Wednesday, January 27, 2010

A Comfortable Truth


Looking into his eyes I could tell that something was gnawing at him from the inside.  This wasn’t usually the case.  Today it was obvious that he had suffered.  His calm demeanor, though merely a façade, was an effective tool capable of hiding a deeply buried pain.  At this particular moment, however, the truth was visible.  The façade had failed.  I turned from the mirror and contemplated returning to bed. 
Everything that makes a person who they are is impacted by illness and suffering.  Variables that are out of our control make changes to our physical, emotional and mental health without concern for whether they are impacting us positively or negatively.  A broken bone produces a tangible physical pain that others can understand.  It is a temporary pain that can’t be hidden but will heal leaving little physical evidence of its existence.  Emotional wounds, on the other hand, are much harder for others to understand.  They heal far more slowly, if at all, and the scars are only visible to the affected individual.
I have managed to cover over sickness and pain in my mind.  Some scrapes take longer than others to scab over but eventually my brain wraps them up and tucks them away in a safe hiding place.  Over the last thirteen months I have experienced suffering and illness that have brought me to my knees more than once.  But what do I really know of either? 
Just over a year ago my father lost a short battle with cancer.  We both died that day.  I have had other experiences with suffering and illness but none that have impacted me as strongly as this one event.  I’m not as strong and independent as I may seem.  I used to turn to my father for answers to questions, even the ones with answers that I already knew.  His reassurance strengthened me and my decisions.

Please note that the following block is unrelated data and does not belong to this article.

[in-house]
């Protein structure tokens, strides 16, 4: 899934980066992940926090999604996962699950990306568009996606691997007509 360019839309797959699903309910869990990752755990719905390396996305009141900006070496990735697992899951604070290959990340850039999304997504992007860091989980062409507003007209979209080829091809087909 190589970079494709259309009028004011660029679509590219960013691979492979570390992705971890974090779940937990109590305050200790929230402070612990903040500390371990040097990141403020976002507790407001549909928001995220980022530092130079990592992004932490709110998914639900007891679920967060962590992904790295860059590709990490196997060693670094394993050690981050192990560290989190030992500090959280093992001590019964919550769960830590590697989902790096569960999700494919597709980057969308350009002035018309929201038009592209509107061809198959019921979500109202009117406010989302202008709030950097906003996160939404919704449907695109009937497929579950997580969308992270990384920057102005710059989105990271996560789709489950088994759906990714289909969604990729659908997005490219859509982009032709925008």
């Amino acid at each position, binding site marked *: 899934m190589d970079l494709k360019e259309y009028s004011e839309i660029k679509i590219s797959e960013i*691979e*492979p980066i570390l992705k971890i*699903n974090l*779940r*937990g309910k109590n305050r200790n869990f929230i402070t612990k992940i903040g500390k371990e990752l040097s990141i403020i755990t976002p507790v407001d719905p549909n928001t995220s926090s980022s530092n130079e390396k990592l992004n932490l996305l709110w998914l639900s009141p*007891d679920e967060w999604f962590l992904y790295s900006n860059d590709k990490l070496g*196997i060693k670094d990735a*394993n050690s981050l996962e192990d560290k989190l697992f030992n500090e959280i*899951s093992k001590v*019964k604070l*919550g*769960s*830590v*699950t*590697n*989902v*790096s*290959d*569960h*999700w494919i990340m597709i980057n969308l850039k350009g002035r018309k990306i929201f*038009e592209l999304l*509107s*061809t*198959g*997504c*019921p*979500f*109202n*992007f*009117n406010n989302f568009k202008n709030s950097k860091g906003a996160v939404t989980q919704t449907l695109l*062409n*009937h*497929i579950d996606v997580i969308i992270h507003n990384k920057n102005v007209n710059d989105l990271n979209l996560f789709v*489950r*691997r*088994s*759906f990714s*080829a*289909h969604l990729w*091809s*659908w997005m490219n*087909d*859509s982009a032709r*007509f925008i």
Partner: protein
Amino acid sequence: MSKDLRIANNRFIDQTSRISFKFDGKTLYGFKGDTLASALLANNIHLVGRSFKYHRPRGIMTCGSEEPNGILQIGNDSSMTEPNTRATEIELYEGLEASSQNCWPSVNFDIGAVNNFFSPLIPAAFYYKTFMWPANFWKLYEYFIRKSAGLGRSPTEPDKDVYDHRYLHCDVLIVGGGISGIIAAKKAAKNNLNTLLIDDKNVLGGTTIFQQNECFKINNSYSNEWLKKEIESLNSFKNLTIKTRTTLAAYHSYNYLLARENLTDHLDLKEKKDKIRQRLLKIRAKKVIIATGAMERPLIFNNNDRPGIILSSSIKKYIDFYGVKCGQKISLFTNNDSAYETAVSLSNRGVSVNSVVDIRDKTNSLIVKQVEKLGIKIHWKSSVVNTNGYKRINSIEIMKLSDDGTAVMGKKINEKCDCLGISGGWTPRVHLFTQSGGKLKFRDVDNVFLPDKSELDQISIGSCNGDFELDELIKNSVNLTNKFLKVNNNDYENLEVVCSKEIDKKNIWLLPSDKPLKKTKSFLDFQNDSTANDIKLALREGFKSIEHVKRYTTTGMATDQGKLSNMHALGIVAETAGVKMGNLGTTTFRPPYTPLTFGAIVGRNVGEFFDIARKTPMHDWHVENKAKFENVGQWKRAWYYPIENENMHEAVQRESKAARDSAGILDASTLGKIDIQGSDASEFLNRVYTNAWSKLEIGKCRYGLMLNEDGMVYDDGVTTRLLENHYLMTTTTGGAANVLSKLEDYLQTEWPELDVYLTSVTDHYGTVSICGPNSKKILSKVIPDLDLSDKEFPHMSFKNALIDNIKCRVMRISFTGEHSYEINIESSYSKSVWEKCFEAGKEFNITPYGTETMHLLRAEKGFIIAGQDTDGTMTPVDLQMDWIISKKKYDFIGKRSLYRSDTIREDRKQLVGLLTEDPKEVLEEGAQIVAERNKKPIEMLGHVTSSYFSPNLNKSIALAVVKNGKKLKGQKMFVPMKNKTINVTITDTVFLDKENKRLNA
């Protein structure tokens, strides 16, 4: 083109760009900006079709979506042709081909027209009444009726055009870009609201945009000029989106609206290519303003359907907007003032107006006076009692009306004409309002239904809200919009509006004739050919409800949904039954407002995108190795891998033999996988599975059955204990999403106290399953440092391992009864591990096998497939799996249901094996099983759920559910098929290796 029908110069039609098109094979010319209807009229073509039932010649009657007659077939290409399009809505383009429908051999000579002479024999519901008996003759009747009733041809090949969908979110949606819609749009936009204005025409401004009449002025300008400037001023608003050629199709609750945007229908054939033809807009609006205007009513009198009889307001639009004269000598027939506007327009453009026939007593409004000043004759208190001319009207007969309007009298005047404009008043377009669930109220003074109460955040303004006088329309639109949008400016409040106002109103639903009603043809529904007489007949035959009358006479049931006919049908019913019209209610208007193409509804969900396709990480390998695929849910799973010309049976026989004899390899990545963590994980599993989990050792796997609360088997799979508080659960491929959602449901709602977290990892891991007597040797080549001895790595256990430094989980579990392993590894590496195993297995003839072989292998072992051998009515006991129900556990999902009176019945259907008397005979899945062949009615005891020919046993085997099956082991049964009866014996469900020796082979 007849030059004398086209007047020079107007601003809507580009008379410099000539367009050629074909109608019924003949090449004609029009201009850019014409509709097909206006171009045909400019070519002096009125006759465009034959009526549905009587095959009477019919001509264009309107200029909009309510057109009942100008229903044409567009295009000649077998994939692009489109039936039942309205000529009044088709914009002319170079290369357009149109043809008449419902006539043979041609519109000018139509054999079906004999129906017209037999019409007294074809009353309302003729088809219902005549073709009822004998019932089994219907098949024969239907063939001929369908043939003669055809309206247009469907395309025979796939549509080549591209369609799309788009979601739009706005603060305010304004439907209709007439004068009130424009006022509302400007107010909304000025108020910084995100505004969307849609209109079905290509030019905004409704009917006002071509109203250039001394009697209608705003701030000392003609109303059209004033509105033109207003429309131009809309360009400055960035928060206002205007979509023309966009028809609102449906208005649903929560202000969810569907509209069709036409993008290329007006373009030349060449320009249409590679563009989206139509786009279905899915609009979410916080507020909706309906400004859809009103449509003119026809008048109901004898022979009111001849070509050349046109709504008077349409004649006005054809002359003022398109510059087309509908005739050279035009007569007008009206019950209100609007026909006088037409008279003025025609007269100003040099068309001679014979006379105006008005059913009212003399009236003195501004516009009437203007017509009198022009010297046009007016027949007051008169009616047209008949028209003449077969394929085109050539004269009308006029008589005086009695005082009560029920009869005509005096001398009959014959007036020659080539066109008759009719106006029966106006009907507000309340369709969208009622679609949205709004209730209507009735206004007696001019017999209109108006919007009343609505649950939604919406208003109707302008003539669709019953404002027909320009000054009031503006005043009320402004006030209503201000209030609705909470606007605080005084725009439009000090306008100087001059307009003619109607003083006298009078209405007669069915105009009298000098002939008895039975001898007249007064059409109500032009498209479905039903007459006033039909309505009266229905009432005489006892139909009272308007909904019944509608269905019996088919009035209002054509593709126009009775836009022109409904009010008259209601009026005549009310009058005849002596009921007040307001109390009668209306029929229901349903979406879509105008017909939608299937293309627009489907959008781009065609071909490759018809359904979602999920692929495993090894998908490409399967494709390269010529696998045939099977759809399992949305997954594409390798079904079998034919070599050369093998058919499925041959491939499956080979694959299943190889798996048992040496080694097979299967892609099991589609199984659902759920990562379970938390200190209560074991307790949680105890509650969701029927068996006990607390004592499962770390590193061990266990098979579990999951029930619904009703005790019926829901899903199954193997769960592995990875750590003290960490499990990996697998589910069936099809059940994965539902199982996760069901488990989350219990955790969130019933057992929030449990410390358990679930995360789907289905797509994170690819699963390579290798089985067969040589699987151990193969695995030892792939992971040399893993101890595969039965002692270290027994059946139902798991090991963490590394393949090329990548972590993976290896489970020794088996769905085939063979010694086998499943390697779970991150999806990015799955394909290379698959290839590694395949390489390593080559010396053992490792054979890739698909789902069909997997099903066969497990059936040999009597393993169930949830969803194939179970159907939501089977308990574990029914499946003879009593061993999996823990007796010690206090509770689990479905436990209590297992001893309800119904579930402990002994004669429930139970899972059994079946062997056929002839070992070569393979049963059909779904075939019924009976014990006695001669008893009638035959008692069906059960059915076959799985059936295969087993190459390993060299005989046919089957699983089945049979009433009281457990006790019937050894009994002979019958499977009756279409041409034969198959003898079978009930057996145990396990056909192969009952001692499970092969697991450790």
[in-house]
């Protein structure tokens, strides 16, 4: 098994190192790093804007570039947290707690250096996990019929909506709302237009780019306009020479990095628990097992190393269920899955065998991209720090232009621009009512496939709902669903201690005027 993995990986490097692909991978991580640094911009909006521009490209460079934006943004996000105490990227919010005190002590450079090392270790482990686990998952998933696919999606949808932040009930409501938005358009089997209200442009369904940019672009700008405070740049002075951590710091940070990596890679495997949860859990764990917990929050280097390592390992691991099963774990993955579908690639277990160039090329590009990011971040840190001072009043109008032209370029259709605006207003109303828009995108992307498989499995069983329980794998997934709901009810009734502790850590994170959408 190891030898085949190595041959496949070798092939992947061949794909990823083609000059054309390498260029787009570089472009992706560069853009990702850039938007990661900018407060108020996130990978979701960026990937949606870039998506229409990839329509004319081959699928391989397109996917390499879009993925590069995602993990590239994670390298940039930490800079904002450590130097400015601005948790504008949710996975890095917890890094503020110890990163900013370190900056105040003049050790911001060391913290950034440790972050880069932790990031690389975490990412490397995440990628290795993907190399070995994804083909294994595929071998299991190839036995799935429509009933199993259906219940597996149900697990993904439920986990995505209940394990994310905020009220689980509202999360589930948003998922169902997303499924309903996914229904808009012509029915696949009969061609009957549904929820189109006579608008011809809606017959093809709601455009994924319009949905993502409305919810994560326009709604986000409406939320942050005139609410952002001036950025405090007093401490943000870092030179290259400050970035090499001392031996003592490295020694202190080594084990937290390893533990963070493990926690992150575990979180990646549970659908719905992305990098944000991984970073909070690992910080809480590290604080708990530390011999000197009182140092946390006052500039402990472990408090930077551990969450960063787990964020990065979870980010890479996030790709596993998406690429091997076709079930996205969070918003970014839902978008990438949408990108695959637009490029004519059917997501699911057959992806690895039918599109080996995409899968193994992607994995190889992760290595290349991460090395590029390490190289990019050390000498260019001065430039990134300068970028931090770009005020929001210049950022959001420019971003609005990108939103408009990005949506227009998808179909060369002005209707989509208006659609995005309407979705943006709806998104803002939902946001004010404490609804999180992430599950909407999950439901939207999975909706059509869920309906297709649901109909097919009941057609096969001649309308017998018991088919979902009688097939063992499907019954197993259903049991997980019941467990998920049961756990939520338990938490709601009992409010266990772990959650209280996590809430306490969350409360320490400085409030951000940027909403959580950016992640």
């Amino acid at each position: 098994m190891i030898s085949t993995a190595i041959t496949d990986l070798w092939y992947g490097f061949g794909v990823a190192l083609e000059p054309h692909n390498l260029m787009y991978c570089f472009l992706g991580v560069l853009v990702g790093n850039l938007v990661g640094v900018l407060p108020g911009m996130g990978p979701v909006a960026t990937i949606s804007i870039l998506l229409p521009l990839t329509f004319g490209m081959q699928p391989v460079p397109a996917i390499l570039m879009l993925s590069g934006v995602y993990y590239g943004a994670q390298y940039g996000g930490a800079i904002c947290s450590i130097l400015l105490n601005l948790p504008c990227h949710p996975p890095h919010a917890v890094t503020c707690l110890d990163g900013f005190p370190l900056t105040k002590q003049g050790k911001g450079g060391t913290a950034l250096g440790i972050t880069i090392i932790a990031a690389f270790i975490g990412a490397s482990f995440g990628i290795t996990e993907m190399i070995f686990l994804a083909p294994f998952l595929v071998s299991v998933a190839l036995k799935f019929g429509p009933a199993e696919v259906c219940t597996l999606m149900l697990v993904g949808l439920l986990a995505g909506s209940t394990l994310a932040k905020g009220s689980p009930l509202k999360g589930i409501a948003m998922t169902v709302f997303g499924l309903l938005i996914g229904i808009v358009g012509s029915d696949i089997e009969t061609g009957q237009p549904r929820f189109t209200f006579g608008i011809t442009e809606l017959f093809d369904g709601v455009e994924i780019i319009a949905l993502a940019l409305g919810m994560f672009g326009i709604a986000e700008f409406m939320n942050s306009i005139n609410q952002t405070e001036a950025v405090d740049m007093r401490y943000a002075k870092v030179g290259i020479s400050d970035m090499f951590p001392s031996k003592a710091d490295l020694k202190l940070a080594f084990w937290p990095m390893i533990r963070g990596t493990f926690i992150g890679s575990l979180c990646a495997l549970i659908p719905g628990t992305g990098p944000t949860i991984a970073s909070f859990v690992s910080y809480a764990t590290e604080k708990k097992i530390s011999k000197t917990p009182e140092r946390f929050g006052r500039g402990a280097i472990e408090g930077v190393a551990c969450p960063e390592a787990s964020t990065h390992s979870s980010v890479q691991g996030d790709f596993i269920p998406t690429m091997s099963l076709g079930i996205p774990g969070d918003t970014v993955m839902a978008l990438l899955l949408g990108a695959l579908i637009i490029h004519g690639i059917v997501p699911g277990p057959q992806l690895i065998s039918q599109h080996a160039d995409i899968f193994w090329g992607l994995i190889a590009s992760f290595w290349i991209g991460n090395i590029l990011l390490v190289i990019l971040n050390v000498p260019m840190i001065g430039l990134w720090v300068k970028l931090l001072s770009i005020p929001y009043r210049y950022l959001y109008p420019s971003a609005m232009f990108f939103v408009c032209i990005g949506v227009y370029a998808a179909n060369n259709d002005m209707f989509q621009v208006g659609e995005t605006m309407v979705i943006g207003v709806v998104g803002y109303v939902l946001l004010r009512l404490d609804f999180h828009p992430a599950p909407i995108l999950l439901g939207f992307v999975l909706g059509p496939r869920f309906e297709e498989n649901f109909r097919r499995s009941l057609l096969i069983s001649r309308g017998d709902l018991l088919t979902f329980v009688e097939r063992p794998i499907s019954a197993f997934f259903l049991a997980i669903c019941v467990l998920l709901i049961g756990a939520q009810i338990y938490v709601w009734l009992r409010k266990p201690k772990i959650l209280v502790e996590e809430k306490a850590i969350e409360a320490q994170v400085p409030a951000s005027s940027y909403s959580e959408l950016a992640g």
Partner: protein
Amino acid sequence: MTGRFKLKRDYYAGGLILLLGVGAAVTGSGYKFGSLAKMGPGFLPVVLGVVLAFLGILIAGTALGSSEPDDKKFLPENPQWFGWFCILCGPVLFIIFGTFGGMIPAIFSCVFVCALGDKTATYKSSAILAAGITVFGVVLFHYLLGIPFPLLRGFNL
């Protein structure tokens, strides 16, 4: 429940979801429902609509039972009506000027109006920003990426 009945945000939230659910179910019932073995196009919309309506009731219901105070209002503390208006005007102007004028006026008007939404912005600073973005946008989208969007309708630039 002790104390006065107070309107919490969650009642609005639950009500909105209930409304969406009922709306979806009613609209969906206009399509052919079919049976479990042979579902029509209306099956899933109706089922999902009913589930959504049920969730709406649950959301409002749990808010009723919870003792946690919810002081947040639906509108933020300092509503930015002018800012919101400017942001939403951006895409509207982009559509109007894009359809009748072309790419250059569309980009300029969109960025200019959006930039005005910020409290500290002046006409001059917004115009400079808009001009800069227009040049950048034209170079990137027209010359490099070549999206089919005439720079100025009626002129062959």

We suffer at the hands of others, because of events that are beyond our control and because of our own demons.  There are medications that can be taken to help mask the pain but is that what we really want?  I don’t think that it’s what I want but it is what I do for those around me.  I would prefer to be normal, or at least what my idea of normal is; no medications, just inner strength and mental power to help overcome the difficult times.  Without a doubt, though, the people who don’t need medication to get through life are in the minority.  The medication may be legal or illegal but these things help many people get through the tough days.
Suffering changes who we are.  It breaks us down and we stay broken.  We do our best to get back to where we were before but close is still immeasurably far away.  Today you’re one person but what if tonight you get word that your best friend has died?  Tomorrow you will be frozen.  A zombie in shock or possibly in denial but once you thaw you will be quite removed from where you were before your friend’s passing.  Life teaches us about life.  There is no way to truly learn the important lessons without experiencing them firsthand.